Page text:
In Wolsztyn, a small municipality in Western Poland, the Voivodeship Province, steam started to decline from the 1980s. Since 2016, this entire heritage has been preserved by the Local Government of the Wielkopolska Voivodship in Wolsztyn, through a cultural institution, the “Wolsztyn Engine House”. Thanks to this, steam trains are still connecting every working day Wolsztyn to Leszno, and on Saturdays Wolsztyn to the large city of Poznan in the north-east.
These convoys, usually consisting of two brightly coloured carriages, are pulled by Polish steam locomotives, usually the 0i49 (1-3-1) series. A different Polish engine is also in service, the Pt47 (2-8-2), from 1949.
Winters are cold and snowy in this historic region of Transylvania, close to the border with Ukraine. In the first days of February 2019, snow falls in large flakes and visibility is low when the convoy, pulled by locomotive No. 764 469 from 1955, a four-axle locomotives (0-8-0) from the Resita workshops, leaves Viseu de Sus. From Novat, the last village before going up the valley and its infinite forests (between 700 and 1500 metres above sea level), the metallic monster, roaring with effort, steamed under the branches of huge fir trees overloaded with snow – the track often in deep shadow. The “Mocanita” or “Train of the Foresters” will travel all day body and soul whipped by the icy wind, to complete the journey to Valea Babei.
In the neighbouring county of Bucovina, the weather is clear, blue sky, bright sunshine, the landscape white, sparkling. From Moldovita, to Argel, its terminus, the train will practically follow the entire route along the national road 176 where few horse-drawn carts carrying hay will pass by without paying too much attention to the locomotive launched at full steam.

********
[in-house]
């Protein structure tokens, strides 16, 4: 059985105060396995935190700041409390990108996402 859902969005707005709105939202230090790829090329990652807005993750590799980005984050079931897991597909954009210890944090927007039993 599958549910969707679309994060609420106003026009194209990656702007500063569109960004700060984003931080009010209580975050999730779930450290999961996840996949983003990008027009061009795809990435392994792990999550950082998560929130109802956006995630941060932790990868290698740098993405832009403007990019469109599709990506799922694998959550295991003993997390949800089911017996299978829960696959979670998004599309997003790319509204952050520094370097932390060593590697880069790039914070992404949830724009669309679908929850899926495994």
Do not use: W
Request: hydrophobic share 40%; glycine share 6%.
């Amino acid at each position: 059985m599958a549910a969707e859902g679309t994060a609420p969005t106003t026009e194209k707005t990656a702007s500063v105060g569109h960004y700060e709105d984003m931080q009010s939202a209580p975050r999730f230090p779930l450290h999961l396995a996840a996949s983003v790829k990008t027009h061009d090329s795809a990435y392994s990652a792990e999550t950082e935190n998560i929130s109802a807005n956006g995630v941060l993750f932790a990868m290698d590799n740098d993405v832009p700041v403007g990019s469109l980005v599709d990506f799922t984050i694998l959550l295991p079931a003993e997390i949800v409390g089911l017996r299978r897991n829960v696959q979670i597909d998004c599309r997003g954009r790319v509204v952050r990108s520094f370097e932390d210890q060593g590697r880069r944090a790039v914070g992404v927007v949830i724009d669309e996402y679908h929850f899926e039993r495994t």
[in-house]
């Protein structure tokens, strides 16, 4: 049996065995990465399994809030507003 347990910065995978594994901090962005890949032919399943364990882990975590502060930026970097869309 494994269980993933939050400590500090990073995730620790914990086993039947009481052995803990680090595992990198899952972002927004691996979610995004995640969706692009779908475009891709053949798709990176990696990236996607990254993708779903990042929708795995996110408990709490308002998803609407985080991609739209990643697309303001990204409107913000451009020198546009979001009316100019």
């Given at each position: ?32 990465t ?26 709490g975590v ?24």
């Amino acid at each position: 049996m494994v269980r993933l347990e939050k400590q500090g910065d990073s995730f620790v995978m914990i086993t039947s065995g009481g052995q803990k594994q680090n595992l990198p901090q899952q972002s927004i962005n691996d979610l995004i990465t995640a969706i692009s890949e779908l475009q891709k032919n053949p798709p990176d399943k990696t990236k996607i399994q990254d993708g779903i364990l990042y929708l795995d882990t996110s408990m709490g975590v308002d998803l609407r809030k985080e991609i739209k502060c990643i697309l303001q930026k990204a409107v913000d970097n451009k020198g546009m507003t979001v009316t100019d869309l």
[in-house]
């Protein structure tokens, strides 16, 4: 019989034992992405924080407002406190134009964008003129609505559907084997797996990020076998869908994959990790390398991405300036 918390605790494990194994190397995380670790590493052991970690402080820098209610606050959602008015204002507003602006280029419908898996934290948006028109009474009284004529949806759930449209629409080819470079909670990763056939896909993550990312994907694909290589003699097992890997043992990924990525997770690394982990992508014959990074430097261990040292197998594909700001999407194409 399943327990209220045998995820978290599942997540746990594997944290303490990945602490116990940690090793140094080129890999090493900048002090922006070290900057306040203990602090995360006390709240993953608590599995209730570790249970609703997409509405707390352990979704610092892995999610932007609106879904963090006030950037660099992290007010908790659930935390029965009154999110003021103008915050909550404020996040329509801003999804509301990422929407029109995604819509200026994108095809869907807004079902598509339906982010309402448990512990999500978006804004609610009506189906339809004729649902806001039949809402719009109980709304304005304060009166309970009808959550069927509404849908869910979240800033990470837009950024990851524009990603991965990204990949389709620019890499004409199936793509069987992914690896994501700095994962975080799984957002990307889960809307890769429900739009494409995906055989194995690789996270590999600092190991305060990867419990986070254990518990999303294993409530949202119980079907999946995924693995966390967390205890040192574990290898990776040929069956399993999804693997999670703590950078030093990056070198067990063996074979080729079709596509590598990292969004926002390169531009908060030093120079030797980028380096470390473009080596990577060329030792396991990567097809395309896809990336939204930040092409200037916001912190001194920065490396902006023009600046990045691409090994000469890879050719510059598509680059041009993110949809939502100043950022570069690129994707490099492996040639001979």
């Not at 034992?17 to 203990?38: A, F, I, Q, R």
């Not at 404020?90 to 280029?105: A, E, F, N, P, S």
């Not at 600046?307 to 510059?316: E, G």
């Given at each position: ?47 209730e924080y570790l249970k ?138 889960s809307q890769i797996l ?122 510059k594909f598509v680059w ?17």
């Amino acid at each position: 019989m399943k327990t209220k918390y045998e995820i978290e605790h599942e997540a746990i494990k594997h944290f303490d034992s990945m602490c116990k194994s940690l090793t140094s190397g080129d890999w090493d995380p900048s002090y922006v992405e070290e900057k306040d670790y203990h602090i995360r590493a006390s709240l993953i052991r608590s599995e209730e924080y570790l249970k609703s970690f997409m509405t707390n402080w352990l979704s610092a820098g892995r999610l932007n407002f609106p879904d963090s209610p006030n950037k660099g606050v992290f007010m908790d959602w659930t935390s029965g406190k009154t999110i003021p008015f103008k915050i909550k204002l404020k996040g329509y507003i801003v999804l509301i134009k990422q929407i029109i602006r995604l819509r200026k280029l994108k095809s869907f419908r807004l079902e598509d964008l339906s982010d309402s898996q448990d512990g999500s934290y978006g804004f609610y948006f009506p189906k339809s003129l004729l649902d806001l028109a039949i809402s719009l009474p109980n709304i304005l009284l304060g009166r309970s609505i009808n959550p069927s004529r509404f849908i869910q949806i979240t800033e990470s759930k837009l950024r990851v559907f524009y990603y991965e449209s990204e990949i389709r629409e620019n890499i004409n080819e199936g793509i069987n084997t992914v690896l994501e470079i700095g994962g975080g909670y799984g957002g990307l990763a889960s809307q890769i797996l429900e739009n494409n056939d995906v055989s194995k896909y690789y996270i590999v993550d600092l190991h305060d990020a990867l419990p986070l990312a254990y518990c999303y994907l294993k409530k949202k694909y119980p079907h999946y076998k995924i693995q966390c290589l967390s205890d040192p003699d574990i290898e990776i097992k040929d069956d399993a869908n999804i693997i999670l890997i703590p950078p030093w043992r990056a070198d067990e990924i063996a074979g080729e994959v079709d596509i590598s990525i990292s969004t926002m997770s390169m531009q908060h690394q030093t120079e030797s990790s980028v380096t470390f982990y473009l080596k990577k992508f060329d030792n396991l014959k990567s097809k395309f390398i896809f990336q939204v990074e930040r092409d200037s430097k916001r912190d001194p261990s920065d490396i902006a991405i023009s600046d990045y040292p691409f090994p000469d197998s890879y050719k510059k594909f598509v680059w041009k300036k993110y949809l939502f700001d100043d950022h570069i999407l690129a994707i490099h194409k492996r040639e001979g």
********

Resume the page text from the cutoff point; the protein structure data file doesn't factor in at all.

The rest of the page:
In the Matabeleland North Province, near the town of Hwange the largest open pit coal mine in the country, the Hwange Colliery, is still retains a prominent place on the world market. Almost all the coal extracted is transported by rail.
In the site is at work a relic, a Garratt class 16A 611 (2-8-2+2-8-2). Built in England, in Manchester, by the Beyer – Peacok factory in 1953. Despite its very poor condition and limited maintenance, it has found a second life here. Originally designed for freight transport, it is now used as a yard shunter. All day long, it scuttles back and forth, up and down, marshalling trains as and when they are loaded.
Garratts are unusual locomotives. Invented in 1907 by Herbert William Garratt, a British railway engineer, they are articulated to be able to pull heavy trains on narrow winding tracks. Commonly used in southern Africa during the British colonial era, this Class 16A was the last steam engine in daily operation throughout Africa.
The Sri Lanka Railways, which originated from the Ceylon Government Railways created during the British colonial era, operate a railway network of about 1500 km, with a broad gauge system (1.676 mm). Unchanged until today, it is the only example of a Victorian era broad gauge railway still in its original state!
In the middle of the 19th century, the idea of building a railway line linking Colombo and the historic town of Kandy, in the heart of the country was born. The first railway branch, between Colombo and Ambepussa in the east, dates from 1864. The train reached Kandy in 1867 and in 1924, Badulla, passing through the village of Pattipola, at 1891 meters above sea level. This is the highest point ever reached by a broad-gauge railway.
At the end of the 20th century, the railways experienced a rapid decline. Steam locomotives were relegated to depots. In 1984, two entrepreneurs created “The Viceroy Special”, a passenger train operated by the “J.F Tours & Travels (Ceylon) Ltd”. Thanks to this today 2 locomotives series B1 251 and B1 340 (4-6-0) built in 1945 by the “Robert Stephenson & Co”, and a locomotive series B2 213 (4-6-0) built in 1922 by the English firm “Vulcan Foundry” (Lancashire) are part of the Sri Lanka’s railways heritage.
All rights reserved © Pietro Pietromarchi